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With Siren dating app, Susie Lee revives art of flirting online

Susie Lee ’94 graduated from Yale with a degree in molecular biophysics and biochemistry. Now she is an artist, and her latest project is an app that aims to transform the way people meet online.

The dating app Siren seeks to empower women, filter out creeps, and change the tone of online dating. While app-building might seem like a radical departure from both art and biochemistry, Lee says all these fields come down to inquiry about the world.

“It’s having an art brain and a science brain—they’re sort of the same brain, and both are being applied now in an entrepreneurial way,” Lee says.  

She says it was initially a challenge to convince investors that an artist without the “MBA-computer science-Microsoft-Amazon pedigree” could really carry off the project. But the app is now preparing for a nationwide launch in March, and has attracted media attention from outlets ranging from CNN to Cosmopolitan to the Guardian. 

What makes Siren unique, Lee says, is its “asymmetrical model.” Both sexes can browse each other’s profiles and contact each other, but only women can choose who can see their pictures—and for how long. Users of both sexes build their profiles in real time by answering Siren-posed “questions of the day.”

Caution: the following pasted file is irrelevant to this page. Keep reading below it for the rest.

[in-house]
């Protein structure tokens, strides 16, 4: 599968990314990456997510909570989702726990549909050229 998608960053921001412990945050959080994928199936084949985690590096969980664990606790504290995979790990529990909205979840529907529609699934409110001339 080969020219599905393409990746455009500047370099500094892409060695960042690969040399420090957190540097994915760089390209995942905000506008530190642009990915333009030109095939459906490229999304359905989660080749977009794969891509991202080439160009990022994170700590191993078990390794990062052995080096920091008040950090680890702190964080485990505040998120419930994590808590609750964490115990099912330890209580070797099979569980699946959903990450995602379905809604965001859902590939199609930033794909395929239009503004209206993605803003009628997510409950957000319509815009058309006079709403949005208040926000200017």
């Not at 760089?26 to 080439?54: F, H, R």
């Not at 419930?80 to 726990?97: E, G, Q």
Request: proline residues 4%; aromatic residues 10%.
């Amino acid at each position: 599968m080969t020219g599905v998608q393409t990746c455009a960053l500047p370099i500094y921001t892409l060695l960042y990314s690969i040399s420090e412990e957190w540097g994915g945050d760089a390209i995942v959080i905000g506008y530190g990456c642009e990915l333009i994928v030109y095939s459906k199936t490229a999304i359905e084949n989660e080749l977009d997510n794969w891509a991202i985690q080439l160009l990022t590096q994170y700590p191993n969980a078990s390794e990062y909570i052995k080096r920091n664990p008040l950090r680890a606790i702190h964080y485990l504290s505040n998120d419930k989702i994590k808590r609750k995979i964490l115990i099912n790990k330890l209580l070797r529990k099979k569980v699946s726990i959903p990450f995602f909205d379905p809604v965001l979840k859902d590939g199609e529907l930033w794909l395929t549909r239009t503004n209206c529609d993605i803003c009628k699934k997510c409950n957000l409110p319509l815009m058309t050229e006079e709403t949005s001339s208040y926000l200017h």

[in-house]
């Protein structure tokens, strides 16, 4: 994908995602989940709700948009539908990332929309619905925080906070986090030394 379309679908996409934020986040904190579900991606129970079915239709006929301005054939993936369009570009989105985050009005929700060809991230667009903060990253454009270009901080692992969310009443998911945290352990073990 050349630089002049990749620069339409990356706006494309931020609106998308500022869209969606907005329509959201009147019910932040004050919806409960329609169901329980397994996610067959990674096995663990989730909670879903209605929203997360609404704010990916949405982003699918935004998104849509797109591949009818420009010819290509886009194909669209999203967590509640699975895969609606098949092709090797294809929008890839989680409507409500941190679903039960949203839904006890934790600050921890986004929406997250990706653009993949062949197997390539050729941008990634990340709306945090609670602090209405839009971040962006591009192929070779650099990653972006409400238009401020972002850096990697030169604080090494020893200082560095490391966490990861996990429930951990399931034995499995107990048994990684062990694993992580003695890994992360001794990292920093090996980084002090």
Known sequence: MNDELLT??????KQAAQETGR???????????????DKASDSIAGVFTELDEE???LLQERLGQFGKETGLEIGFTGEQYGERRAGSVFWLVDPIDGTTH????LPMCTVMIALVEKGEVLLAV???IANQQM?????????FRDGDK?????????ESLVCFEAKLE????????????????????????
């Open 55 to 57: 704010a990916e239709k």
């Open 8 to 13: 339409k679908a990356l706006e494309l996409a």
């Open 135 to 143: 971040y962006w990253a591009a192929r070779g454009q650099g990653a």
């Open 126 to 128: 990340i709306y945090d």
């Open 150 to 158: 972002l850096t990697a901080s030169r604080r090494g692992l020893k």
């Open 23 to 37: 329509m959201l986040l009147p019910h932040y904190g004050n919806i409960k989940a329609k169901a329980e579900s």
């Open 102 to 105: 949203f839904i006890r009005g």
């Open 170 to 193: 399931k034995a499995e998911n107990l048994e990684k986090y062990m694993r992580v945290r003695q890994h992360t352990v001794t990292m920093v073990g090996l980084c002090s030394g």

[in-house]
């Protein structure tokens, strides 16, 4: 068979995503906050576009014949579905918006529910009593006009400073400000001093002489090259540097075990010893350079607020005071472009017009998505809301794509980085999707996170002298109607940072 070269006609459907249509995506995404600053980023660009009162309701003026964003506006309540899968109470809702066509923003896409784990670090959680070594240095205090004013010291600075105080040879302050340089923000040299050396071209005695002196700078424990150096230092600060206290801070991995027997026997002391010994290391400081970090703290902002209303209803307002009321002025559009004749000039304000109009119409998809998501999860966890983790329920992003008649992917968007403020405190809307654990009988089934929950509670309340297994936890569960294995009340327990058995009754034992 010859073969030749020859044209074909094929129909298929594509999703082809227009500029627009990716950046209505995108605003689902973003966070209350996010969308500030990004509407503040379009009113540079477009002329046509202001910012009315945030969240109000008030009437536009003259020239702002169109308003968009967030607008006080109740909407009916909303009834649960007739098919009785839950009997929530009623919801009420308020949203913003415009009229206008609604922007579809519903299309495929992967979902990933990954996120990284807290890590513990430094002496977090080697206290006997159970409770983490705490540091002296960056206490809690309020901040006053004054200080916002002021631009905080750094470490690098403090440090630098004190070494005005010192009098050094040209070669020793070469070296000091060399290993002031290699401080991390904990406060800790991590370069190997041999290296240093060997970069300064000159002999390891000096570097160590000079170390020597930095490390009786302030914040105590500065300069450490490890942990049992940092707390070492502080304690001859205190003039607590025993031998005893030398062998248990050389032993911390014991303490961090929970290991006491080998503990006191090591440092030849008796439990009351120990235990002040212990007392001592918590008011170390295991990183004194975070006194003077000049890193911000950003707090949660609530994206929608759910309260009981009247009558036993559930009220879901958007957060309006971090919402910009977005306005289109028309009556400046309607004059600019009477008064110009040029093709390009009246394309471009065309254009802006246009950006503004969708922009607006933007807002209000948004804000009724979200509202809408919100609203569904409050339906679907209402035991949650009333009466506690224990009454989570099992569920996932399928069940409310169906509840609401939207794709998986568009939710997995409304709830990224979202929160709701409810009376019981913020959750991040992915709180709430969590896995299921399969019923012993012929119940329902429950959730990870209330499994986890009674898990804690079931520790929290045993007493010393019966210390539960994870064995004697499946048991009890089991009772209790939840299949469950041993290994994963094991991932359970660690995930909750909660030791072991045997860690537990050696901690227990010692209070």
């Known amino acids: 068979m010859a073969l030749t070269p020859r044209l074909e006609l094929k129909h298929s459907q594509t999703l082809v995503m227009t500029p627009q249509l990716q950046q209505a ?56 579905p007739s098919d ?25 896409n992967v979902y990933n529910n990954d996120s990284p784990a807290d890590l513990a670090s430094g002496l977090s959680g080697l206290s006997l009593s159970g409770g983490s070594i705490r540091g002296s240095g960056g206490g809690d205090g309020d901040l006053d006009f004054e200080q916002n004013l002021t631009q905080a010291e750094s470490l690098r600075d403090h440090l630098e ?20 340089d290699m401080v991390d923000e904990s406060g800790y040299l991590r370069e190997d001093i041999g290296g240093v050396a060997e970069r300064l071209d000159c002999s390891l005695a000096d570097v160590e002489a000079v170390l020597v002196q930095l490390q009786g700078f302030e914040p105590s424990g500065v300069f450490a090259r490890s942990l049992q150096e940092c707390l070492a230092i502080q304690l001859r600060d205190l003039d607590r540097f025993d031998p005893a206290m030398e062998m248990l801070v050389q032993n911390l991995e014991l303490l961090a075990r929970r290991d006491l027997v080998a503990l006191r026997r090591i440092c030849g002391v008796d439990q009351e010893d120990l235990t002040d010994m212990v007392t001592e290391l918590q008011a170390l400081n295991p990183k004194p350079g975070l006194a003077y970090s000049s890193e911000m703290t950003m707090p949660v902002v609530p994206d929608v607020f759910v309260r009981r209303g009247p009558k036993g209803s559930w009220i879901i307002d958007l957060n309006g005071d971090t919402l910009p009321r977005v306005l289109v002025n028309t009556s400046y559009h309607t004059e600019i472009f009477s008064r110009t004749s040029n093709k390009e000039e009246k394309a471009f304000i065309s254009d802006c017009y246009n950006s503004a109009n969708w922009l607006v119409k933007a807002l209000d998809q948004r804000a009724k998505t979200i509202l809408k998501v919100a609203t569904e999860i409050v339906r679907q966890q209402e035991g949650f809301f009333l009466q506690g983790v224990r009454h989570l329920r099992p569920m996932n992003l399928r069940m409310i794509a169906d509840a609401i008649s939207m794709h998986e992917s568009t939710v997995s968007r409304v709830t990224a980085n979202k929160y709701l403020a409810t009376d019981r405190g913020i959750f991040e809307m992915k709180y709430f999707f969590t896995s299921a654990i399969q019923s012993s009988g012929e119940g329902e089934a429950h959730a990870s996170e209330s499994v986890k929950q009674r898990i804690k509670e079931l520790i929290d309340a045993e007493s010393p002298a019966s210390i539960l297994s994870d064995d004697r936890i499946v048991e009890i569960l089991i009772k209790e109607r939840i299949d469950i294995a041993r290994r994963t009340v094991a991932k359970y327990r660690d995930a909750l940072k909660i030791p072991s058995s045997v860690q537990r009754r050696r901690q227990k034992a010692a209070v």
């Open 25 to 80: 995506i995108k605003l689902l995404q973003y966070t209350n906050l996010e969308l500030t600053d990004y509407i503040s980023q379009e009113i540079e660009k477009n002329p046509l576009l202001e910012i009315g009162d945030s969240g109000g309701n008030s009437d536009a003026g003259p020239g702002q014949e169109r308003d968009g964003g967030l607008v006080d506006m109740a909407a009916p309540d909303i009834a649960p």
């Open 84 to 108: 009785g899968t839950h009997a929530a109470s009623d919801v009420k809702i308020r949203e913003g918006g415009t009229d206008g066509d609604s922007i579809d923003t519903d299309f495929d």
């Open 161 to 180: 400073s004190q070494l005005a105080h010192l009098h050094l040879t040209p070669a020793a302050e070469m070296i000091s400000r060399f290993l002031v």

The current model is geared toward heterosexual dating; a same-sex model is in the works.

Lee says Siren seeks to re-create the kind of spontaneous attractions that might happen at a real-life cocktail party. The theory is that, in a social setting, people send signals when they find someone attractive; Siren encourages women to make the first move. “The asymmetrical model was for everyone to have a better experience,” Lee says. “I think of it as a pro-human app, not one gender versus the other.”

Lee first stumbled into the online and app-based dating world when she finally let go of her flip phone in 2013. Online dating sites seemed to revolve around checking boxes specifying everything from your religion to how many kids you have, leaving little room for spontaneity. At the opposite extreme, apps like Tinder focused solely on physical appearance. All left the impression that you were “shopping for people,” she says. Lee’s artwork in past years has focused on how digital technology can amplify or detract from closeness with people. She sees Siren as an extension of her art.

“If I had just created a website about gender harassment online it would just be in the art community; it wouldn’t change the way people meet people online,” Lee says. Siren, she says, “is like an art project where the startup is a vector for getting the message across.”

She believes it’s the role of creative people to take new tools and shape them in a way that promotes humanity. From the feedback she has received so far, she is optimistic about Siren’s reshaping potential.

“We don’t claim to engineer chemistry. We just need to create a platform that allows people to show off that part of themselves,” Lee says. “And then after that, whatever happens—you figure it out.”


The Yale Alumni Magazine is published by Yale Alumni Publications Inc., an alumni-based nonprofit that is not run by Yale University. Its content does not necessarily reflect the views of the university administration.

Filed under Susie Lee, Siren, dating
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